Where relationships go wrong? Once the baby arrives your relationship changes very suddenly and without warning. Everything feels different, even your partner as you both try and adjust to this new stage in your lives, in your own way. Life changes rapidly and disconnection often arises. It has been reported that 2/3 of couples become dissatisfied with their relationship within 3 years of having a child and dissatisfaction can last for years after that, if not resolved.
(I beg your pardon I never promised you a rose garden)
Where relationships go wrong – Top 10 difficulties and demands on the relationship
- Limited time with each other and for your-self to connect in meaningful ways
- Fatigue and stress
- Raging hormones
- SEX (men want at least a quickie vs women seeing it as another chore and no time or energy for anything more)
- Loss of spontaneity
- Domestic duties
- Increased responsibility and sacrifices, less fun
- Parenting styles
Understanding is key when you become parents, this is when you will find out who your spouse really is! You will experience:
- How they cope under pressure
- How patient and understanding they are
- How reasonable they are
- Whether they are a good listener
- How Responsible they are
- Whether they are good at sacrificing
- Whether they are team player
You will experience all sides of them. Remember to breathe!
This is a new experience for both of you and one that is going to last for a long time and more than likely become more challenging as baby number two, three or even four come along.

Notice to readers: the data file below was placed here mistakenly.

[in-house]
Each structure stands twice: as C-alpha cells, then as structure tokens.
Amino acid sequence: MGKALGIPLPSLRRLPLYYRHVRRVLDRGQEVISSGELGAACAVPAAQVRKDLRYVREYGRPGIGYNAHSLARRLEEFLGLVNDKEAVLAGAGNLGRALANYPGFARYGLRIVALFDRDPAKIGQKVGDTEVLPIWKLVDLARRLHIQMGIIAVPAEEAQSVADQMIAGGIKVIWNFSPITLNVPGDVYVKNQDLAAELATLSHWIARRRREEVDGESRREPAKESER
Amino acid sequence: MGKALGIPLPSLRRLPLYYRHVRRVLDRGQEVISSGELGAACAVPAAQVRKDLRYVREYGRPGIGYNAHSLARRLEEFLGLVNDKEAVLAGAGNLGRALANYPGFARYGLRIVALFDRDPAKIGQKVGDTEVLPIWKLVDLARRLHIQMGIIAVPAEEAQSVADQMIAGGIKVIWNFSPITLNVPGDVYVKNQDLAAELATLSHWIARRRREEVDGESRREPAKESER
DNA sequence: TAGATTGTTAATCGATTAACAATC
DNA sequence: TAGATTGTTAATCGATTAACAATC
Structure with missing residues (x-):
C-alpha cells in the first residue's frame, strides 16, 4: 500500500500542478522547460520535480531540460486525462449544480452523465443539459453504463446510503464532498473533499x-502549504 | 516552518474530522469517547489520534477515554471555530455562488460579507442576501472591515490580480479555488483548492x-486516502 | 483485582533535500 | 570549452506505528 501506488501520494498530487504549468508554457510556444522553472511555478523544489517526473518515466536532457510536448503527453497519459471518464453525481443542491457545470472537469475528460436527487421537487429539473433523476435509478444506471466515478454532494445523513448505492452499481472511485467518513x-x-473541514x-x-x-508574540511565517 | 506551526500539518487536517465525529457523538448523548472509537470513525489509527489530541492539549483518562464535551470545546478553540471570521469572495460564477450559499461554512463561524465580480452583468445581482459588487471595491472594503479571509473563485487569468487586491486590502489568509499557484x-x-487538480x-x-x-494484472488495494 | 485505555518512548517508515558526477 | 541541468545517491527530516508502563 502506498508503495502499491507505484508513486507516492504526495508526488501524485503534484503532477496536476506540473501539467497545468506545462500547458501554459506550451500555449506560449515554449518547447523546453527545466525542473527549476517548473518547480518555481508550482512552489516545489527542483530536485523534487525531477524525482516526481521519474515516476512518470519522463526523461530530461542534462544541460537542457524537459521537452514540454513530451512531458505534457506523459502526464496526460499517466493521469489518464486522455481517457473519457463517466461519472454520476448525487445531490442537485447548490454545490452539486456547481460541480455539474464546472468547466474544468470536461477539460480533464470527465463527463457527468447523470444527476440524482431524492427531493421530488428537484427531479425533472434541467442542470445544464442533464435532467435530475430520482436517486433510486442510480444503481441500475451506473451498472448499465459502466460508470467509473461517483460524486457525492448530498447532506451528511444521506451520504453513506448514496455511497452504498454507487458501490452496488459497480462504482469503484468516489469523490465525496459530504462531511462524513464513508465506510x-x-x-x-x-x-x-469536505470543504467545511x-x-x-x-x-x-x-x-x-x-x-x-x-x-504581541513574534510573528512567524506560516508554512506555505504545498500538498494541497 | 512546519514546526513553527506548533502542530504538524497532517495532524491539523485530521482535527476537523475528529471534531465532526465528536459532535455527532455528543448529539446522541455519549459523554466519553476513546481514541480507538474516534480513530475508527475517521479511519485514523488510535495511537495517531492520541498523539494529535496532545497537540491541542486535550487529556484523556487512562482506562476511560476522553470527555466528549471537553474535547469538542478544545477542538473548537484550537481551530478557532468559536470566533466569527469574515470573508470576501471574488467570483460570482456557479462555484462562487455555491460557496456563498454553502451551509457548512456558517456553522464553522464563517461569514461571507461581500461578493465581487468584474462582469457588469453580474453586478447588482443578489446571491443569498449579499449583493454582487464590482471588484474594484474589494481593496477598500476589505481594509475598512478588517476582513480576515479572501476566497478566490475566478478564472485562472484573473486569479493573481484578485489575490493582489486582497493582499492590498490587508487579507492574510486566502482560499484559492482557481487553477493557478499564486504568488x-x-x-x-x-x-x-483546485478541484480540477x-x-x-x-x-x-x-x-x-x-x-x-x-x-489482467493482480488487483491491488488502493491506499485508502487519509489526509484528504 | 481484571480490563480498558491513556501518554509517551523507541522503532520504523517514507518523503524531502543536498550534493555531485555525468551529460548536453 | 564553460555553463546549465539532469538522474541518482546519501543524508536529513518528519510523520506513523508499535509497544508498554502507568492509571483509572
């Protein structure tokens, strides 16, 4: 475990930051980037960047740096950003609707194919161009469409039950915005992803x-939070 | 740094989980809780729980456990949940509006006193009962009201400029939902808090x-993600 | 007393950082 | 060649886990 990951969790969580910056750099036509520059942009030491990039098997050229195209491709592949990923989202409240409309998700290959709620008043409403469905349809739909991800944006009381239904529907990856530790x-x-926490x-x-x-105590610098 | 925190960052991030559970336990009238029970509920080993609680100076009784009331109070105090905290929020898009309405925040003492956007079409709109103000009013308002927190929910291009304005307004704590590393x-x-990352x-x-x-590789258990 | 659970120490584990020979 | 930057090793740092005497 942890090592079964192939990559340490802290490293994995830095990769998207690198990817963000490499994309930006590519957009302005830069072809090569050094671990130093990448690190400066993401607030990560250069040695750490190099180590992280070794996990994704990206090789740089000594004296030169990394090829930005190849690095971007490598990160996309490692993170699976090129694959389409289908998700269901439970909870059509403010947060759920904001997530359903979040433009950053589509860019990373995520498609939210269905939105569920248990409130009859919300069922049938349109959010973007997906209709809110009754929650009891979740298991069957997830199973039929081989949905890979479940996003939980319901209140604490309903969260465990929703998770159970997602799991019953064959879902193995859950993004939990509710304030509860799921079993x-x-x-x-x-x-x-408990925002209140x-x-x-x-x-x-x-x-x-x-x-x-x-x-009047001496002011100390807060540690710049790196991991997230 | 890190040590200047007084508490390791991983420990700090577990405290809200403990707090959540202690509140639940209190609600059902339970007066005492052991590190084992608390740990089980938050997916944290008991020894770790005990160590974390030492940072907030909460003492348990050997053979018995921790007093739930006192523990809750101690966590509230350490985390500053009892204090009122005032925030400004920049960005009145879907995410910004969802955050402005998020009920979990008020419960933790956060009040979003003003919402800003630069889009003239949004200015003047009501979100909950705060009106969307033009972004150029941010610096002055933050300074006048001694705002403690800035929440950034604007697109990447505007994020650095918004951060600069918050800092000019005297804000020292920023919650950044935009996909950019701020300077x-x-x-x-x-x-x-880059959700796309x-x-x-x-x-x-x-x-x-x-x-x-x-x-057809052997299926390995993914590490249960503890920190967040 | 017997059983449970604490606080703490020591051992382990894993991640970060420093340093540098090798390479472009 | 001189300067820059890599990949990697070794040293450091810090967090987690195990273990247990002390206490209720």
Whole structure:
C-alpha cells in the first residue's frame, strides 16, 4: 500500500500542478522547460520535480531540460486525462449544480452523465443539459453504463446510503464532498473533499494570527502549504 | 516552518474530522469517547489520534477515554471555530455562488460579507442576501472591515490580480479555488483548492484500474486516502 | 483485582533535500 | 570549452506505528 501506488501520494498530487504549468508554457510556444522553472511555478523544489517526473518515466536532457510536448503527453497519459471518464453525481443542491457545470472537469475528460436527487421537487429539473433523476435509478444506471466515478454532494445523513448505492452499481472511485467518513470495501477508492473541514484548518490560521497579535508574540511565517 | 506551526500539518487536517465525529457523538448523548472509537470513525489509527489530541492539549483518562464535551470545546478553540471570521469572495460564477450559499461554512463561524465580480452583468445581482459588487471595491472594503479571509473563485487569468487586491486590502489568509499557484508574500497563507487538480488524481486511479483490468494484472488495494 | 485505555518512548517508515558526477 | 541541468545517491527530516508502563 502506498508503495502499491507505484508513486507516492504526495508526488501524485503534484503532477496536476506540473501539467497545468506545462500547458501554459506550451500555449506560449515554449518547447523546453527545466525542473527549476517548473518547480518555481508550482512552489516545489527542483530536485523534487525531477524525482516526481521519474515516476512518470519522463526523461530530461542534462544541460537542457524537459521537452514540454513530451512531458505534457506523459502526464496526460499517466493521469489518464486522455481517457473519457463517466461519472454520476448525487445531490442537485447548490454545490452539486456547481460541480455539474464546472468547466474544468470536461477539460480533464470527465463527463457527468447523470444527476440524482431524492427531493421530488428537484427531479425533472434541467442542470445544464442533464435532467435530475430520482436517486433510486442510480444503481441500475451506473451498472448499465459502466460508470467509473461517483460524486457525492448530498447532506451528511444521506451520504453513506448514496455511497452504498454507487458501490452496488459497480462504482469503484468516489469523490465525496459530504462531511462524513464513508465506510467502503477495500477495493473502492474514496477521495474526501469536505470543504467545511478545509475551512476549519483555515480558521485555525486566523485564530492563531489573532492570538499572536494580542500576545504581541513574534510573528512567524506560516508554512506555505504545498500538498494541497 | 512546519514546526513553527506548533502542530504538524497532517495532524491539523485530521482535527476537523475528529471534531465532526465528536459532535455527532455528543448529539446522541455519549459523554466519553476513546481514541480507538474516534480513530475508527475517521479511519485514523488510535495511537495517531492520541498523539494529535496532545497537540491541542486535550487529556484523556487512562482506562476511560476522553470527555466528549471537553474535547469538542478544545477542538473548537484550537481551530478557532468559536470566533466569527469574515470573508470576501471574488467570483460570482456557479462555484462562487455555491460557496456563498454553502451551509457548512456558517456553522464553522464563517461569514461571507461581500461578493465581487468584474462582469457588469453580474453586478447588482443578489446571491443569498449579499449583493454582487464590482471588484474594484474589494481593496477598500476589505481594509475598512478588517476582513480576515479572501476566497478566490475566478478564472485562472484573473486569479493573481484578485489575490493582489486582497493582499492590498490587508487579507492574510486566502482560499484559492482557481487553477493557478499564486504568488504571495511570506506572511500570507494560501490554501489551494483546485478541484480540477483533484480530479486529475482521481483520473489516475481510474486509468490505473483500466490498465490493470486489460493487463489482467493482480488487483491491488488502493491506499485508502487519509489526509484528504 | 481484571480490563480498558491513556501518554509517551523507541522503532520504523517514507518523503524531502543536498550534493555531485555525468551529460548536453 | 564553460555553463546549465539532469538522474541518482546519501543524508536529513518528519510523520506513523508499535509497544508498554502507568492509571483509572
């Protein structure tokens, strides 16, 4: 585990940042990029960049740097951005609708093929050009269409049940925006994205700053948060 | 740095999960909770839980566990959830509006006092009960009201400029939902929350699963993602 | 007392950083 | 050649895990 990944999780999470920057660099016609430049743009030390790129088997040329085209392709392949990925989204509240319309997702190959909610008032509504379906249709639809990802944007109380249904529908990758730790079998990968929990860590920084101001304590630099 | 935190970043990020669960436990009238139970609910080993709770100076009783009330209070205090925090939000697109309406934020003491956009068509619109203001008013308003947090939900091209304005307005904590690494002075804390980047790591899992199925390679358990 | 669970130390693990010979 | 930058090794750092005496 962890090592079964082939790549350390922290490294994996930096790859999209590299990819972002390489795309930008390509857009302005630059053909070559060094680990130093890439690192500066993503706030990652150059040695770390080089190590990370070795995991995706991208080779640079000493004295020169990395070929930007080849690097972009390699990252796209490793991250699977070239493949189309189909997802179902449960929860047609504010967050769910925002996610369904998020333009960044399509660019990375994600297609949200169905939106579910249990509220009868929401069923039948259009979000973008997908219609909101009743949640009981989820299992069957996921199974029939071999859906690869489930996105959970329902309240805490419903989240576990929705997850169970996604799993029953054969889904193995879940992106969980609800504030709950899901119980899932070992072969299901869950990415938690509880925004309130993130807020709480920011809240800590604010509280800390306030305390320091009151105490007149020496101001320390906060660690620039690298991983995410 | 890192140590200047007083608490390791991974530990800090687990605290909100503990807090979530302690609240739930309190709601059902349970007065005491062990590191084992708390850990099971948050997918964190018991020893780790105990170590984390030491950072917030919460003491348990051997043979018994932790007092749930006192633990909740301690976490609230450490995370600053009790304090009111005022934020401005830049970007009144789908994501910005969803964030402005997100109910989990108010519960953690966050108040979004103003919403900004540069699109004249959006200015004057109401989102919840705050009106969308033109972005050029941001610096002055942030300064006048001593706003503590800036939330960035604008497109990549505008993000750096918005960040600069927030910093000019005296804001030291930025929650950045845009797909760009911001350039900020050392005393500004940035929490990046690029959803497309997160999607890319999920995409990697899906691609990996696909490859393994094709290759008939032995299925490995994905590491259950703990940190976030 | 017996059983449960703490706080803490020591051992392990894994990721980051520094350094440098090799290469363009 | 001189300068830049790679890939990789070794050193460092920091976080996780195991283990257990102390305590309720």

Getting to know each other on these new terms will take time and possibly a lot of patience. You will both have to be creative in how you reconnect with each other. It is not going to be like it was before the baby. SEX will change, you will change and your relationship will change.
How to stay connected after baby arrives.
Foreplay (not what you think):
- Be understanding of each other
- Listen to each other
- Appreciate and respect each other’s difference
- Accept it’s not going to be easy
- Be gentle with the others vulnerability
- Help each other
- Choose your battles
- Share and care
- Talk to each other respectfully and honestly
- Don’t take yourselves too seriously
- GET A BABY SITTER!
- Spend time together whenever you can, doing things you enjoy and that are novel. Give space and time for the enjoyment of sex and connection to arise naturally and without pressure.
Grow into your new relationship together, as a team!
If you are struggling in your relationship and need couple counselling contact
Sarah @ Counselling on the Coast 0422 620 151
We see clients from (Burleigh Heads, Palm Beach, Tugun, Coolangatta, Tweed Heads, Banora Point, Kingscliff, Casurina, Cabarita and Pottsville)
Loneliness support – why seeking support is crucial to your health
Loneliness support on the Gold Coast and Tweed Coast is crucial to your health. Following is the latest research found on the physical and mental impacts of loneliness:
- an inability when alone to feel at ease with what you are doing
- overwhelming stress
- disrupted sleep
- unfocused, dissatisfied and easily distracted (loneliness drives us to search for something or someone)
- health problems – headaches, digestive problems, cognitive decline, weakened immune system, exhaustion
- feelings of threat, insecurity, frustration
- distorted perception